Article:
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Barnet in 1835

BARNET, commonly called CHIPPING BARNET, to distinguish it from East Barnet, is a market-town of Hertfordshire, in the hundred of Cashio. It is situated on the great north road, eleven miles N.N.W. of London, upon an elevated site, on which account it is sometimes called High Barnet. The parish of the same name, in which it stands, contains about 1,440 acres. In the time of the Saxons this site was occupied by a thick and large wood, which was granted to the church of St. Alban’s by the name of the woods of Southaw, Borham, and Huzehege. In subsequent grants confirming the former, the place is frequently named Bergnet, which signifies, in the Saxon language, ‘a small hill;’ and in still later times it received the adjunct of Chipping, in consequence of the market which the abbots of St. Alban obtained leave of Henry II to establish in the town, and which in time became a large cattle-market. Barnet is a small town, but in consequence of being a great thoroughfare, has a busy appearance. It has no buildings besides the church and grammar-school that require particular notice. The church, which is dedicated to John the Baptist, was built about the year 1400, at the expense of John Moot, abbot of St. Alban’s, as a chapel of ease to East Barnet. It consists of a chancel, nave, and two aisles, separated by clustered columns and painted arches. At the west end, the church has a square embattled tower. The church is served by a curate, appointed by the rector of East Barnet, who is himself nominated by the crown, and the living is valued in the king’s books at £22, 2 shillings and 8 pence. The free school was founded by Queen Elizabeth in 1573, who erected a brick building for the purpose with apartments for a master and usher, and endowed it with a house worth £7 a-year : other benefactors have since increased this endowment. The school is managed by twenty-four governors, who appoint the master and usher. The terms of the foundation require that nine children belonging to the parish should be educated gratis, and any others on payment of 5 shillings a quarter. Another school was endowed in 1725, under the will of Mrs. Elizabeth Allen who left lands for the purpose of providing a school-house, and paying a master to teach all the children of Barnet, of both sexes, ‘to read the Bible and cast accounts.’ The town possesses two endowed alms-houses ; one for six poor and aged widows or maidens, and the other for the same number of aged widows. The government of the town is administered by a magistrate, high constable, and subordinate officers ; and a court leet is held at Easter. The market is held on Monday ; and there are fairs on the 8th of April and 4th of September, the latter being principally for the sale of cattle. The number of houses in Barnet is 306, and the inhabitants were 2,369 in 1831, of whom 1185 were females. This statement exhibits an increase of 614 persons since the former census, which is attributed in the population returns to the inclosure of a common.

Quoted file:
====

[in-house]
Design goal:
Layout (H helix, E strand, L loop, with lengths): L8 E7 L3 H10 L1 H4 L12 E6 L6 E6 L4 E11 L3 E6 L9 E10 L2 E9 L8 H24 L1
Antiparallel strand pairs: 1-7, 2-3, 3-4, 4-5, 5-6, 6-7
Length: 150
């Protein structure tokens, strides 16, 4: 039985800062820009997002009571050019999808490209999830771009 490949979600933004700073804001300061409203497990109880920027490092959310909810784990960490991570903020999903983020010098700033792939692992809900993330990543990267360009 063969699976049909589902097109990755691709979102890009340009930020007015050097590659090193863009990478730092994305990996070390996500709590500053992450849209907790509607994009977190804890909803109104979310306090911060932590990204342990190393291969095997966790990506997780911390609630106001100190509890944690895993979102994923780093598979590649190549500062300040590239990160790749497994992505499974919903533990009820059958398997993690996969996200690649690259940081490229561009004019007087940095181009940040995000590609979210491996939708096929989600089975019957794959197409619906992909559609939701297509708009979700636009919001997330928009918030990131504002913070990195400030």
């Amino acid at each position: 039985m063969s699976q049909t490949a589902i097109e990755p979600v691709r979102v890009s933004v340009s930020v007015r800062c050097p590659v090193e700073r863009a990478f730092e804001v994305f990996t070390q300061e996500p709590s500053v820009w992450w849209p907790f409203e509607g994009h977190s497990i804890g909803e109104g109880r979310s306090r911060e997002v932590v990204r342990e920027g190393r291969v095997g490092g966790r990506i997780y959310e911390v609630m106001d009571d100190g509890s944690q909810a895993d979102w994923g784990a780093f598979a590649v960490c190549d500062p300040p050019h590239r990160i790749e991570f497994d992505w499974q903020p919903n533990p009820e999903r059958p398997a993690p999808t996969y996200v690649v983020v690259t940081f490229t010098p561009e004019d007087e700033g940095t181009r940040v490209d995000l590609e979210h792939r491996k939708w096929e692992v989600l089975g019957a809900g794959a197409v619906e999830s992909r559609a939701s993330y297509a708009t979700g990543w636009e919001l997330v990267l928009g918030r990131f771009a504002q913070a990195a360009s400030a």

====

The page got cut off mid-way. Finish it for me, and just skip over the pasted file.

A spring of mineral water, of a mild purgative quality, was discovered upon Barnet Common in 1652 : it was time in much repute, but we cannot learn that it is much use at present. On Gladsmore Heath, in this neighbourhood, was fought, on April 14, 1471, the decisive battle between the Yorkists and Lancasterians, which is known as the battle of Barnet. The forces of York were headed by Edward IV, and those of Lancaster by Neville, Earl of Warwick (the ‘king-maker’), who with many of the nobility and a great number of men perished on the field. The event has been commemorated by an obelisk, erected in the year 1740, by Sir Jeremy Sambrook, on the spot where the road divides towards Hatfield and St. Alban’s.